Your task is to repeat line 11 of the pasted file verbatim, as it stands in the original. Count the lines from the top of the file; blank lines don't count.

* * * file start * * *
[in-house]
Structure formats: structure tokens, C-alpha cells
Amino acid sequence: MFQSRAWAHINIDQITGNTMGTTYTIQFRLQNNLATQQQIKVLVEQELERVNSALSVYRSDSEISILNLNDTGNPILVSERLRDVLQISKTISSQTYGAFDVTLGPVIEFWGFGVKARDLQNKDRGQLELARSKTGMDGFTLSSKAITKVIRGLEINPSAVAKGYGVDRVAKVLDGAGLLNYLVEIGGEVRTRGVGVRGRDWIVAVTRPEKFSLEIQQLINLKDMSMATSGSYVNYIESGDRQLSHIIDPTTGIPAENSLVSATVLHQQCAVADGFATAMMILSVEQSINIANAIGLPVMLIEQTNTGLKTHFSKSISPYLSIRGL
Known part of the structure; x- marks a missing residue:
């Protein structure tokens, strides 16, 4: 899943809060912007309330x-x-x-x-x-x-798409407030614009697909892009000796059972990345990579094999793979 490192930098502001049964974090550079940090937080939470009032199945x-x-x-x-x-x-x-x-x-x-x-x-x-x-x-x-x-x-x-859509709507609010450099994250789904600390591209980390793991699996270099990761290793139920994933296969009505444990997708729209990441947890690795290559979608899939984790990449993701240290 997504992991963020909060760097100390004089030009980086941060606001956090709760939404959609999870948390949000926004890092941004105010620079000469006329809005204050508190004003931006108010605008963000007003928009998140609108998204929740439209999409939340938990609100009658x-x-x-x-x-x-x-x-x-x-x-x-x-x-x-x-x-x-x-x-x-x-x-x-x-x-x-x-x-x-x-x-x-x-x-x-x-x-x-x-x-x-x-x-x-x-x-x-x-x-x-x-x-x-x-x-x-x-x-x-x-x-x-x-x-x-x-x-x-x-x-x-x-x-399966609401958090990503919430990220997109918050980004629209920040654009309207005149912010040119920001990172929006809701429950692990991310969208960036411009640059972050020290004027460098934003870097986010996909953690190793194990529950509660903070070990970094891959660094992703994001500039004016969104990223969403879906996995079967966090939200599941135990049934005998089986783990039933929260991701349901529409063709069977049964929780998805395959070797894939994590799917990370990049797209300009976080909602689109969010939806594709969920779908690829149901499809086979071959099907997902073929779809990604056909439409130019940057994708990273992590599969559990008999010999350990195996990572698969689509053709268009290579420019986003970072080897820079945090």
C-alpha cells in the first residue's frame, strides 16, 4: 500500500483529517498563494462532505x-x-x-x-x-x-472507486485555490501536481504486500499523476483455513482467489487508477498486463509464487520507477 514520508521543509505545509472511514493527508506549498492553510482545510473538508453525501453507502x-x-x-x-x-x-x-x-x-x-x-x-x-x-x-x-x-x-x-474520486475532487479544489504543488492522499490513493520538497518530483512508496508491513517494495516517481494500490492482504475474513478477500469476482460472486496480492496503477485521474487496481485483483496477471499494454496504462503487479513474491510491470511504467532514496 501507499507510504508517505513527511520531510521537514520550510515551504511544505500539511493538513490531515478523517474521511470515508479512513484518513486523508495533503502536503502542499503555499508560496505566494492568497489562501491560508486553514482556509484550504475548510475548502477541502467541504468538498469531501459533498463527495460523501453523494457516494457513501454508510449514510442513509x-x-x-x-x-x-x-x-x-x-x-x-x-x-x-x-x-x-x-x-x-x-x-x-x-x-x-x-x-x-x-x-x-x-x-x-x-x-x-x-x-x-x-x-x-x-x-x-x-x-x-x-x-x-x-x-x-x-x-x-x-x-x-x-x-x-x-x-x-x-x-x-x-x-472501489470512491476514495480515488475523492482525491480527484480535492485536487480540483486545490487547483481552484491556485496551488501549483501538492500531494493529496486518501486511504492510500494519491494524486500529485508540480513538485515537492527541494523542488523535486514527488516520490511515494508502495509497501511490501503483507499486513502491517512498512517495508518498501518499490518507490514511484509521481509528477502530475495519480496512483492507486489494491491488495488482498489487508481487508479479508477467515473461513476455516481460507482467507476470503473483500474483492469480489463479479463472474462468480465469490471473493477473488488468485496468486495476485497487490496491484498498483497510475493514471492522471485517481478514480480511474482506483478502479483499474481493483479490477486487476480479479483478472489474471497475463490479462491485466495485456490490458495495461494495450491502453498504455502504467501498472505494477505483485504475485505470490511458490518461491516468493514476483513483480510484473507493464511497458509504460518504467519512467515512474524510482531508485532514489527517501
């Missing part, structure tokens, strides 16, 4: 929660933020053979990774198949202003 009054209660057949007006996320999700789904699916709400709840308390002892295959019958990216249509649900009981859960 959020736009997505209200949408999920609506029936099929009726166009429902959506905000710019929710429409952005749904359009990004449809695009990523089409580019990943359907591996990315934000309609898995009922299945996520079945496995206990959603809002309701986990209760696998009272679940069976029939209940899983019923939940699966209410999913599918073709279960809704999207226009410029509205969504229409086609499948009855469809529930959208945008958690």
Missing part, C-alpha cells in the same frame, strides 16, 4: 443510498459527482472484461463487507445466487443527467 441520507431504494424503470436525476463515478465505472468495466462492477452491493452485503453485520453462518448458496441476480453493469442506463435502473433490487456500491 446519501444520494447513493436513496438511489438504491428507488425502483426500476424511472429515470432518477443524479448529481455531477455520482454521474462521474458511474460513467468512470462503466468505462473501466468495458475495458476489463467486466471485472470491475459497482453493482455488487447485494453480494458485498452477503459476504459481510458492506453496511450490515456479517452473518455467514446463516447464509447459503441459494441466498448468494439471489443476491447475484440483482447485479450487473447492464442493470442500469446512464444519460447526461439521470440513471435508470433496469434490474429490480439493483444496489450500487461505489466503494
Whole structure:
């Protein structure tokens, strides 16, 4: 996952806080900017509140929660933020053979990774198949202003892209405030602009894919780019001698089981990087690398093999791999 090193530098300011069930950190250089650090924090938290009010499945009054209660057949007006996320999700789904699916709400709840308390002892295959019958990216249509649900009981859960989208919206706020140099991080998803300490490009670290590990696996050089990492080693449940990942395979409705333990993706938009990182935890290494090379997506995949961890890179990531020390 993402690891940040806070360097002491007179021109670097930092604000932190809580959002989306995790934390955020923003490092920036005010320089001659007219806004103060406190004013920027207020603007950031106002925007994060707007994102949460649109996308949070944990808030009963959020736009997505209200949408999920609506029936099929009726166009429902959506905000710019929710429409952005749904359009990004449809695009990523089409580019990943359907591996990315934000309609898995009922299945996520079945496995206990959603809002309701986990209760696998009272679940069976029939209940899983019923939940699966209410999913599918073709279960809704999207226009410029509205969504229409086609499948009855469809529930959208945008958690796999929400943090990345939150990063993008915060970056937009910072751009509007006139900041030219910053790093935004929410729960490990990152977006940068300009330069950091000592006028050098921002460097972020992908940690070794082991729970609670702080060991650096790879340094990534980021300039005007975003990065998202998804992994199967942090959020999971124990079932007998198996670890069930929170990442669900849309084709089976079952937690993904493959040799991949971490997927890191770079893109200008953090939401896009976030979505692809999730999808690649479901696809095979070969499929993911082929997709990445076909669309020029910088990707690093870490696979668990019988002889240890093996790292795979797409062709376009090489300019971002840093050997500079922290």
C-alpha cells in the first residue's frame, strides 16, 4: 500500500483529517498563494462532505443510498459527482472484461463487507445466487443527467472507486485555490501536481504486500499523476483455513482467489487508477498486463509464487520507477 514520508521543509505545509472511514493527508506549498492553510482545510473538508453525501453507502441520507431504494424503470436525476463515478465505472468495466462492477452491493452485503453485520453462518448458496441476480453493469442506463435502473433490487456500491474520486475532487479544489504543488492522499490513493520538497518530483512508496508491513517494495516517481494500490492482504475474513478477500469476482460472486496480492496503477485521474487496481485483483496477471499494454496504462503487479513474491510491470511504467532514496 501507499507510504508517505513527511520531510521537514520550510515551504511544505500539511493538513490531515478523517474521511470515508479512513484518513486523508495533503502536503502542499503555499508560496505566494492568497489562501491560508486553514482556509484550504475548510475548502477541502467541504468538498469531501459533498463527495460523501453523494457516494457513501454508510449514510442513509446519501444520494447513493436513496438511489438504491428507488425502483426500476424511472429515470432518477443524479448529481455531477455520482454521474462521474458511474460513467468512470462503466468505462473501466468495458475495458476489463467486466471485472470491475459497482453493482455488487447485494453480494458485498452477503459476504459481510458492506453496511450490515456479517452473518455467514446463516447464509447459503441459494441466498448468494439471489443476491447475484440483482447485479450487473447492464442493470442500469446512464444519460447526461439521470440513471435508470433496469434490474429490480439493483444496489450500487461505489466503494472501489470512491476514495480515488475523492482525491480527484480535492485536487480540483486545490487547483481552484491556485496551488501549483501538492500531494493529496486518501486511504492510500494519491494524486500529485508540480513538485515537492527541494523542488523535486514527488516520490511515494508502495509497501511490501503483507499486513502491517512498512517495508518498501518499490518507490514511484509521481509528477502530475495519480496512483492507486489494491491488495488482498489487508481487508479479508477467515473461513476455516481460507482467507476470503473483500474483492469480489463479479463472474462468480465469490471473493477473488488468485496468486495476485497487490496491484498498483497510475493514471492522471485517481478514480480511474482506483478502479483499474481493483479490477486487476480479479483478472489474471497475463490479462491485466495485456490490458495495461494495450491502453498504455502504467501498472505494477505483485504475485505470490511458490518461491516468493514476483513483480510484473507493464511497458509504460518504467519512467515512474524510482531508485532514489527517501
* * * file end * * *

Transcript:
C-alpha cells in the first residue's frame, strides 16, 4: 500500500483529517498563494462532505443510498459527482472484461463487507445466487443527467472507486485555490501536481504486500499523476483455513482467489487508477498486463509464487520507477 514520508521543509505545509472511514493527508506549498492553510482545510473538508453525501453507502441520507431504494424503470436525476463515478465505472468495466462492477452491493452485503453485520453462518448458496441476480453493469442506463435502473433490487456500491474520486475532487479544489504543488492522499490513493520538497518530483512508496508491513517494495516517481494500490492482504475474513478477500469476482460472486496480492496503477485521474487496481485483483496477471499494454496504462503487479513474491510491470511504467532514496 501507499507510504508517505513527511520531510521537514520550510515551504511544505500539511493538513490531515478523517474521511470515508479512513484518513486523508495533503502536503502542499503555499508560496505566494492568497489562501491560508486553514482556509484550504475548510475548502477541502467541504468538498469531501459533498463527495460523501453523494457516494457513501454508510449514510442513509446519501444520494447513493436513496438511489438504491428507488425502483426500476424511472429515470432518477443524479448529481455531477455520482454521474462521474458511474460513467468512470462503466468505462473501466468495458475495458476489463467486466471485472470491475459497482453493482455488487447485494453480494458485498452477503459476504459481510458492506453496511450490515456479517452473518455467514446463516447464509447459503441459494441466498448468494439471489443476491447475484440483482447485479450487473447492464442493470442500469446512464444519460447526461439521470440513471435508470433496469434490474429490480439493483444496489450500487461505489466503494472501489470512491476514495480515488475523492482525491480527484480535492485536487480540483486545490487547483481552484491556485496551488501549483501538492500531494493529496486518501486511504492510500494519491494524486500529485508540480513538485515537492527541494523542488523535486514527488516520490511515494508502495509497501511490501503483507499486513502491517512498512517495508518498501518499490518507490514511484509521481509528477502530475495519480496512483492507486489494491491488495488482498489487508481487508479479508477467515473461513476455516481460507482467507476470503473483500474483492469480489463479479463472474462468480465469490471473493477473488488468485496468486495476485497487490496491484498498483497510475493514471492522471485517481478514480480511474482506483478502479483499474481493483479490477486487476480479479483478472489474471497475463490479462491485466495485456490490458495495461494495450491502453498504455502504467501498472505494477505483485504475485505470490511458490518461491516468493514476483513483480510484473507493464511497458509504460518504467519512467515512474524510482531508485532514489527517501